Data from FlightScope and other data collection platforms show the most common ball flight among amateur golfers is a slice. I estimate almost 75% of my new clients ask me to help them fix their slice. Over the years, I’ve found 5 Simple Ways to Cure Your Slice. Each one independently can do so. Collectively, they go above and beyond the initial ask.
As you review these 5 Simple Ways to Cure Your Slice, remember that golf is counter-intuitive. Some of these fixes may not seem logical. To understand these fixes, realize that diagnosing your slice works backwards from the ball flight. I’ll take you in a more logical order of fixing your slice, versus attempting to ask you to do something you may not currently be capable of performing.
# 1 – Aim The Club Correctly
Sounds simple, and it is. Believe it or not, most slicers aim their golf club in the opposite direction of the slice. Sounds logical but its actually counter productive. Its more “reactive,” versus “proactive.” The more you aim the face in the opposite direction, the more likely your brain attempts to cure that position mid-swing. The mid-swing “compensation” typically creates a large than necessary outside to in swing path. This also increases the angle of attack of the club. The result? All 3 swing parameters at impact produce a club face that is open to your swing path. This causes you and the club face t cut across the ball at impact. In turn, creating a larger than desired spin axis with an excessive amount of spin, producing the slice.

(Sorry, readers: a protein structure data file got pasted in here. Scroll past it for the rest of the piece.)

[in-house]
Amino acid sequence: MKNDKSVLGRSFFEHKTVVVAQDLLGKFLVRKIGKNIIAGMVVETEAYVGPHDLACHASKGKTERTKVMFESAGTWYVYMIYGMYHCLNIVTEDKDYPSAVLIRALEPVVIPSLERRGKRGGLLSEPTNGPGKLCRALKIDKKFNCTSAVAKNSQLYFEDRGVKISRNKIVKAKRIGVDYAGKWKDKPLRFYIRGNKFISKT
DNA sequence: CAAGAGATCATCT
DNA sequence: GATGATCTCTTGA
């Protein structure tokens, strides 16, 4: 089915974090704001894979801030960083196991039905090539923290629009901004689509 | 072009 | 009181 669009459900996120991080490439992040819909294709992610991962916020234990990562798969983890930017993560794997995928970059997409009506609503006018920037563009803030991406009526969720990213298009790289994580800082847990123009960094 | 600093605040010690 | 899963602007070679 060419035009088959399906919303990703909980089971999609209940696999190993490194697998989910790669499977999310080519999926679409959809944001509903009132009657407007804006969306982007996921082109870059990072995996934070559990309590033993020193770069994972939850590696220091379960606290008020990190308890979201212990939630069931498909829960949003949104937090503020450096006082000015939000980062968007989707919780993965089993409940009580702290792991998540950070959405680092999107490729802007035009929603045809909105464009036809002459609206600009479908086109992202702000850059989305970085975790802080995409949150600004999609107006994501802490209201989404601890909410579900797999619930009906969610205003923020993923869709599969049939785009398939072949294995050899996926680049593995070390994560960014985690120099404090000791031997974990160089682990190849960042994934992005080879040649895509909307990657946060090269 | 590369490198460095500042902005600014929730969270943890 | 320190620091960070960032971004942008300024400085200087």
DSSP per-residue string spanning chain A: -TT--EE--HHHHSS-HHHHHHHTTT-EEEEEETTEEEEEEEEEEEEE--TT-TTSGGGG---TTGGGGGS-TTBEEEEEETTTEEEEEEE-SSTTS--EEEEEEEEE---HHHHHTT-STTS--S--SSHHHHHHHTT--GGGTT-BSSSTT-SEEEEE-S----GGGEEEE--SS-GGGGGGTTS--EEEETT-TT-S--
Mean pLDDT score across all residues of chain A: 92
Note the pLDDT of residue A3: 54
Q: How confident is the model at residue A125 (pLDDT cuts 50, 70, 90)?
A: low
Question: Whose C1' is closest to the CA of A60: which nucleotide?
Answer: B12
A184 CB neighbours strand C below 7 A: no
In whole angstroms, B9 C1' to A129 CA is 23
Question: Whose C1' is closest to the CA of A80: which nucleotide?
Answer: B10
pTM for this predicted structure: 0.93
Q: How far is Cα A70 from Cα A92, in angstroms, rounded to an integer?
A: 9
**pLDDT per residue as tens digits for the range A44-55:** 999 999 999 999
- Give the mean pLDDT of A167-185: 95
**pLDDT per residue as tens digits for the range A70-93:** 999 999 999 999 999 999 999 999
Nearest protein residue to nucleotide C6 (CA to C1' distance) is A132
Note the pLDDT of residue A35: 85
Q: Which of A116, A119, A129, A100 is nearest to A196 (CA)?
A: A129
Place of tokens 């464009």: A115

How Do I Aim the Club Correctly to Cure Your Slice?
Always use the bottom of the club, or the “Leading Edge” to aim any club. Doing so insures you’re aiming all clubs, driver through putter, at your intended target. Never use the top line or face of the club, Doing so closes the club to your target. Your eyes will tell your brain the club is closed at address. Your brain in turn will attempt the compensation, needed or not.